• The flexibility of the approach allows for Roux-en-Y reconstruction after total gastrectomy and distal esophagectomy as well cervical or low chest esophagogastrostomy.
  • Meticulous closure is essential in order to prevent costochrondral-related wound complications.
  • Familiarity with the anatomy viewed from a lateral approach is essential as this can be somewhat disorienting for the uninitiated.

Esophagectomy through a left thoracotomy approach was described almost 70 years ago by Sweet.[1] It ushered in the new era of transpleural and transmediastinal placement of the gastric conduit and confirmed the safety of the intrathoracic anastomosis. Prior to this, extrathoracic subcutaneous passage was used to facilitate the cephalad transfer of the gastric conduit to the neck for the esophagogastric anastomosis.[2] This was favored at the time because of the trepidation of performing an intrapleural anastomosis.

Esophagectomy through a left thoracotomy remained a common approach for the ensuing 30 years. It has now largely been supplanted by other techniques,[3],[4],[5] although none of the more commonly performed procedures for esophageal resection truly replaced the left thoracotomy approach. By the late 1970s, Ivor Lewis and McKeown procedures seemed more appropriate for midesophageal squamous cell carcinoma, and transhiatal (blunt) esophagectomy appeared to be the best approach for the then, less common, adenocarcinoma of the distal esophagus.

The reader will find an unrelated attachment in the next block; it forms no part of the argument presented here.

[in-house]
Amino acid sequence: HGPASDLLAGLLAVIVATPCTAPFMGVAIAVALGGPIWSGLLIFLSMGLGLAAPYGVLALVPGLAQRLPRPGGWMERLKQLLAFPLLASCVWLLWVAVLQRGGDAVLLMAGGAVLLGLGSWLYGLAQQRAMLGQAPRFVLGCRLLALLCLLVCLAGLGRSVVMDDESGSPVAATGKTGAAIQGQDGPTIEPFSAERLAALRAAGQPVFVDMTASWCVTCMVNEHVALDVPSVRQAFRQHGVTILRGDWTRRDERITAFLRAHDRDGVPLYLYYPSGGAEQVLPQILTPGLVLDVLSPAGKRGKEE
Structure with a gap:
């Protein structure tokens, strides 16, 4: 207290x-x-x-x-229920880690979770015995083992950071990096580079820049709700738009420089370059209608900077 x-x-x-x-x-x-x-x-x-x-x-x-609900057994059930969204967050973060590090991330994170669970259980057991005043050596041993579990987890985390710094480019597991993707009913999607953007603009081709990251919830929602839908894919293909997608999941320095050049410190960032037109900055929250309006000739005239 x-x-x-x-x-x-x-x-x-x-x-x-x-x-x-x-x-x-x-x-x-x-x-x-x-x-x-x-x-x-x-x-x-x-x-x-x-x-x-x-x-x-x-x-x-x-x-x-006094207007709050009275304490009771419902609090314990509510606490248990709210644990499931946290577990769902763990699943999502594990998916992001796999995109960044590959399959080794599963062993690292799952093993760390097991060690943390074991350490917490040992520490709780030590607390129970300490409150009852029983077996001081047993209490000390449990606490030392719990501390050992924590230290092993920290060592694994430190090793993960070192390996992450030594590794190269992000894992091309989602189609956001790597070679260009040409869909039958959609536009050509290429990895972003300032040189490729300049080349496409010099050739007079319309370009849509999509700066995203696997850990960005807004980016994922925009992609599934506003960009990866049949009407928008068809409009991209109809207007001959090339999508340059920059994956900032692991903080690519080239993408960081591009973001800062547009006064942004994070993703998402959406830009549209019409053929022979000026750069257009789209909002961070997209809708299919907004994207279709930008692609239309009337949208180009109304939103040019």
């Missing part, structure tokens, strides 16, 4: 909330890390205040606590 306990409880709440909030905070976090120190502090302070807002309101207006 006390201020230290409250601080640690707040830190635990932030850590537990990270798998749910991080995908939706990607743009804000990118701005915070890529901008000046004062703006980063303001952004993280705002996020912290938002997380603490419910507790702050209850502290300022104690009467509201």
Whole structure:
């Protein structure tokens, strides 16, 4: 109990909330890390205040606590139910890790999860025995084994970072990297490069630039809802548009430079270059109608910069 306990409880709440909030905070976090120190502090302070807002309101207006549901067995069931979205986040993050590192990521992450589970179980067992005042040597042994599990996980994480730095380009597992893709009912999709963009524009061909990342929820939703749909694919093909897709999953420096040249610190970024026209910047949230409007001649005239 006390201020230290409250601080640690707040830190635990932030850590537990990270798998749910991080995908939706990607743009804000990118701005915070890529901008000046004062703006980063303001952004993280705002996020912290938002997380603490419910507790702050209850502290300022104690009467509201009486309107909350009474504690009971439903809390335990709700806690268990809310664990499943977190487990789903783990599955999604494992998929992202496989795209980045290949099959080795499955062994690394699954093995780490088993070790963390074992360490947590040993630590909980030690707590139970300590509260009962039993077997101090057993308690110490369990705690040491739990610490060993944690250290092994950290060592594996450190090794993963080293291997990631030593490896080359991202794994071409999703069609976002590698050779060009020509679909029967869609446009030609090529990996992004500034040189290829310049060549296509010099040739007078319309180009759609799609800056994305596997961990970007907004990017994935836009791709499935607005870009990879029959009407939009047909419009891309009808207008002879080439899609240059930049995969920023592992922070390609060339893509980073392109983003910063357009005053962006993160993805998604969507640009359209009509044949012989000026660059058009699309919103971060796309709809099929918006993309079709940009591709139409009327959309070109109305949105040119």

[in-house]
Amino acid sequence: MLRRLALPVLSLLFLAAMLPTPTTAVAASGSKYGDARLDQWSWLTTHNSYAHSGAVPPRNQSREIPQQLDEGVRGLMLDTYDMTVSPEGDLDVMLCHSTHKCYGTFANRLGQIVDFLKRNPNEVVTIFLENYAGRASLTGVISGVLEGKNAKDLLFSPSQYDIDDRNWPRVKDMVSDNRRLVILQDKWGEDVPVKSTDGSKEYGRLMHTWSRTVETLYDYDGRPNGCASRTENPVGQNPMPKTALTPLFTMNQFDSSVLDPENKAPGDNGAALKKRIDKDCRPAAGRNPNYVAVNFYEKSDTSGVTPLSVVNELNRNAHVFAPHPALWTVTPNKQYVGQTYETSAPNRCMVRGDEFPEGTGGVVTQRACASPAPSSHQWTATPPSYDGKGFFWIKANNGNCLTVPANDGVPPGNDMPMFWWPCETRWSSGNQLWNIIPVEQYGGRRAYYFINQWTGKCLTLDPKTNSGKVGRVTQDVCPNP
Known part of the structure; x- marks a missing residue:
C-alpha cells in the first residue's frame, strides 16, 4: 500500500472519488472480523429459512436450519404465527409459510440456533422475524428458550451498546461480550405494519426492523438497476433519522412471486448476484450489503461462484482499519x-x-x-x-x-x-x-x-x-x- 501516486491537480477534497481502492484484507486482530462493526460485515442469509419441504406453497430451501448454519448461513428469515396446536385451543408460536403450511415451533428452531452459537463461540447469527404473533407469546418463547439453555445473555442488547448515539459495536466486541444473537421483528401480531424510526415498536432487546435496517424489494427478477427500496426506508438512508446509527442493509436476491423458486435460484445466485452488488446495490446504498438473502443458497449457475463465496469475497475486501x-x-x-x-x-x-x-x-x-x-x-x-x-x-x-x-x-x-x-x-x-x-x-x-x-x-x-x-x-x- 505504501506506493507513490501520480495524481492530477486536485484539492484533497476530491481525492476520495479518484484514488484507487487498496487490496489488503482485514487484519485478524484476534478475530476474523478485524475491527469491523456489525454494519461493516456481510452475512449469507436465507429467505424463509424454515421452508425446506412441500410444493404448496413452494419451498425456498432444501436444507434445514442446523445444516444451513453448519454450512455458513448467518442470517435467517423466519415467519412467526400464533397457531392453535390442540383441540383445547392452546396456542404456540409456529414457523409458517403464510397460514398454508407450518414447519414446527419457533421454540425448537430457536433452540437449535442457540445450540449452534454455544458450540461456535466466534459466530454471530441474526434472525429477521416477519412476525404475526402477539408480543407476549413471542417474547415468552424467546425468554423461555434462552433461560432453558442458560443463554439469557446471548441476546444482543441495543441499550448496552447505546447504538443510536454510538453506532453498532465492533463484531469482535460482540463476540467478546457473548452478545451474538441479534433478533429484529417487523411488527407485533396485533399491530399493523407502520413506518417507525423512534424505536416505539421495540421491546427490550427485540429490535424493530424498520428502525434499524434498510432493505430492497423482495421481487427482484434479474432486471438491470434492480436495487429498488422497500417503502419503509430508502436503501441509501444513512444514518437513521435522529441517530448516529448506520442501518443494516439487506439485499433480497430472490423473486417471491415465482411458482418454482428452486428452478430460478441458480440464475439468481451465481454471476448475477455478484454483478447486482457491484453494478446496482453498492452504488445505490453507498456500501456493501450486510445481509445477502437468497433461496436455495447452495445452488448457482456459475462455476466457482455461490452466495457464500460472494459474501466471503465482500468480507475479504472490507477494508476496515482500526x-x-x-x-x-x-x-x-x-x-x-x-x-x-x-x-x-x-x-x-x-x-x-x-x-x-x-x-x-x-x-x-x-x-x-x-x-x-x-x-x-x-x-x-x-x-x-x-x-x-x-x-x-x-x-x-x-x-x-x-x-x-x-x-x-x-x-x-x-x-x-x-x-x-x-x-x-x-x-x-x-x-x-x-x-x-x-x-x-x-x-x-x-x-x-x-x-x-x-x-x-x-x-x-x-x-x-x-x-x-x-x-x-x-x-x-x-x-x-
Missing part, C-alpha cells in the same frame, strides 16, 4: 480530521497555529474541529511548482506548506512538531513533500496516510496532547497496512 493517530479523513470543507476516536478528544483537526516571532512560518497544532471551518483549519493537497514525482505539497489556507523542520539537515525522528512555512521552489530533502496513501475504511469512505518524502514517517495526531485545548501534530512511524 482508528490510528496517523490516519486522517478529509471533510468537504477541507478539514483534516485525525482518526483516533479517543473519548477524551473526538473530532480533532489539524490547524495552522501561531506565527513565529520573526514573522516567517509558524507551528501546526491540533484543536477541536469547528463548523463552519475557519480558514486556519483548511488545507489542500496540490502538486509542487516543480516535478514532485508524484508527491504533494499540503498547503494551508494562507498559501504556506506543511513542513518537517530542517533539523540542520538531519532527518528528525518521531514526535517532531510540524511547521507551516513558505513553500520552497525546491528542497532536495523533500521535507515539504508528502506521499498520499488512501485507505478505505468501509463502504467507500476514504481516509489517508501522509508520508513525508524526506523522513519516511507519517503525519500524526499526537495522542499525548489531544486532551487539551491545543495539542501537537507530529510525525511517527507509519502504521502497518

Current trends suggest a marked shift in the frequencies of histologic subtypes in the United States has occurred. Adenocarcinoma of the distal esophagus and gastroesophageal junction is now the predominant cancer. Thus, when considering any operation for esophageal cancer, optimal exposure to the distal esophagus and gastric cardia is critical, because this will be the location of the cancer in the majority of patients. Moreover, since N1 lymph node involvement is a likely early characteristic, exposure of the esophageal hiatus and distal posterior mediastinum for lymphadenectomy (or relevant sampling) must be considered a critical component of any operation for adenocarcinoma of the esophagus. To achieve optimal exposure of the hiatus and posterior mediastinum for resection of esophageal cancer, there is no better procedure than the left thoracoabdominal approach (Ginsberg, 2002).[6]Moreover, benign complex or reoperative hiatal surgery, including acute perforation, can be expertly managed by the outstanding exposure to the hiatus this approach offers.